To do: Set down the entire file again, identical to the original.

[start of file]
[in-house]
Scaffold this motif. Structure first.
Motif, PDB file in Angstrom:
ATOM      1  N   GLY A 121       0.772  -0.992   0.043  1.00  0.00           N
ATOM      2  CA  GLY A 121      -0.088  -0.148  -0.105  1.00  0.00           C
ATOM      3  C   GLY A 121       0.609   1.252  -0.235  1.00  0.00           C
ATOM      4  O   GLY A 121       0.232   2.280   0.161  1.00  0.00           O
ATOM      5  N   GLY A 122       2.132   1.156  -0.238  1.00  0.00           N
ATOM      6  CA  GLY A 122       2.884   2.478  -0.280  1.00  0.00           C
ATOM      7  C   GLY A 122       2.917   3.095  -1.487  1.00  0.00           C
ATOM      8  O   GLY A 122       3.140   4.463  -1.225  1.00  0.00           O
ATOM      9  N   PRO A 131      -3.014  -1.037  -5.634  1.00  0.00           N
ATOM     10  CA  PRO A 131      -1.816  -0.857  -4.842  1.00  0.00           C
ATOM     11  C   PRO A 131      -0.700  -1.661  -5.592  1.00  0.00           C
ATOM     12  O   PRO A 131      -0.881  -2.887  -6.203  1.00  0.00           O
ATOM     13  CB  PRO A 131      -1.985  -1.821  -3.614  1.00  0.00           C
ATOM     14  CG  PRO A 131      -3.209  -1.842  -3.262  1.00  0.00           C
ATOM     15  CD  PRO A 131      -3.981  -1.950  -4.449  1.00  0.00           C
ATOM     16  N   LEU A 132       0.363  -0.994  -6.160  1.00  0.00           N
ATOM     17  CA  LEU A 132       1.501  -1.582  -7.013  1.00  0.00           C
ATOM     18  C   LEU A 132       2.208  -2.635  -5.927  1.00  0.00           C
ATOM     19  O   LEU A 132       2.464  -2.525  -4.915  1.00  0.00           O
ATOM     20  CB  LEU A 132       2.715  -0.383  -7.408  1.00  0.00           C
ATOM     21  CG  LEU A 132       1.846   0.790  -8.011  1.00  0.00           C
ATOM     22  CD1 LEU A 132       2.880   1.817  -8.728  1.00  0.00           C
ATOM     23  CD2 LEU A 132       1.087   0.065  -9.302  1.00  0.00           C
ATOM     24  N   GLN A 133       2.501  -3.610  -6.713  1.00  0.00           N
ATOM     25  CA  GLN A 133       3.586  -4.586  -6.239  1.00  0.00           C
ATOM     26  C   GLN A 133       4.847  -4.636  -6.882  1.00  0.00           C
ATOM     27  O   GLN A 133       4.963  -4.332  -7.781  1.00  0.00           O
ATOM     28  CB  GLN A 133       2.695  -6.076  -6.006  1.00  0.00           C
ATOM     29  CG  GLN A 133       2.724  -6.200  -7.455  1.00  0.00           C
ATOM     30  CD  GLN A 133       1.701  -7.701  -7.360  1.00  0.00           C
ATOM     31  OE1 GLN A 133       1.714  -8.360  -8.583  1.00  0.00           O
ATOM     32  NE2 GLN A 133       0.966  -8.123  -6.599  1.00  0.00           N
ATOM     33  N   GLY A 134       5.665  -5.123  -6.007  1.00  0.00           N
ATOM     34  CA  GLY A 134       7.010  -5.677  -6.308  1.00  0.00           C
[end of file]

[in-house]
Scaffold this motif. Structure first.
Motif, PDB file in Angstrom:
ATOM      1  N   GLY A 121       0.772  -0.992   0.043  1.00  0.00           N
ATOM      2  CA  GLY A 121      -0.088  -0.148  -0.105  1.00  0.00           C
ATOM      3  C   GLY A 121       0.609   1.252  -0.235  1.00  0.00           C
ATOM      4  O   GLY A 121       0.232   2.280   0.161  1.00  0.00           O
ATOM      5  N   GLY A 122       2.132   1.156  -0.238  1.00  0.00           N
ATOM      6  CA  GLY A 122       2.884   2.478  -0.280  1.00  0.00           C
ATOM      7  C   GLY A 122       2.917   3.095  -1.487  1.00  0.00           C
ATOM      8  O   GLY A 122       3.140   4.463  -1.225  1.00  0.00           O
ATOM      9  N   PRO A 131      -3.014  -1.037  -5.634  1.00  0.00           N
ATOM     10  CA  PRO A 131      -1.816  -0.857  -4.842  1.00  0.00           C
ATOM     11  C   PRO A 131      -0.700  -1.661  -5.592  1.00  0.00           C
ATOM     12  O   PRO A 131      -0.881  -2.887  -6.203  1.00  0.00           O
ATOM     13  CB  PRO A 131      -1.985  -1.821  -3.614  1.00  0.00           C
ATOM     14  CG  PRO A 131      -3.209  -1.842  -3.262  1.00  0.00           C
ATOM     15  CD  PRO A 131      -3.981  -1.950  -4.449  1.00  0.00           C
ATOM     16  N   LEU A 132       0.363  -0.994  -6.160  1.00  0.00           N
ATOM     17  CA  LEU A 132       1.501  -1.582  -7.013  1.00  0.00           C
ATOM     18  C   LEU A 132       2.208  -2.635  -5.927  1.00  0.00           C
ATOM     19  O   LEU A 132       2.464  -2.525  -4.915  1.00  0.00           O
ATOM     20  CB  LEU A 132       2.715  -0.383  -7.408  1.00  0.00           C
ATOM     21  CG  LEU A 132       1.846   0.790  -8.011  1.00  0.00           C
ATOM     22  CD1 LEU A 132       2.880   1.817  -8.728  1.00  0.00           C
ATOM     23  CD2 LEU A 132       1.087   0.065  -9.302  1.00  0.00           C
ATOM     24  N   GLN A 133       2.501  -3.610  -6.713  1.00  0.00           N
ATOM     25  CA  GLN A 133       3.586  -4.586  -6.239  1.00  0.00           C
ATOM     26  C   GLN A 133       4.847  -4.636  -6.882  1.00  0.00           C
ATOM     27  O   GLN A 133       4.963  -4.332  -7.781  1.00  0.00           O
ATOM     28  CB  GLN A 133       2.695  -6.076  -6.006  1.00  0.00           C
ATOM     29  CG  GLN A 133       2.724  -6.200  -7.455  1.00  0.00           C
ATOM     30  CD  GLN A 133       1.701  -7.701  -7.360  1.00  0.00           C
ATOM     31  OE1 GLN A 133       1.714  -8.360  -8.583  1.00  0.00           O
ATOM     32  NE2 GLN A 133       0.966  -8.123  -6.599  1.00  0.00           N
ATOM     33  N   GLY A 134       5.665  -5.123  -6.007  1.00  0.00           N
ATOM     34  CA  GLY A 134       7.010  -5.677  -6.308  1.00  0.00           C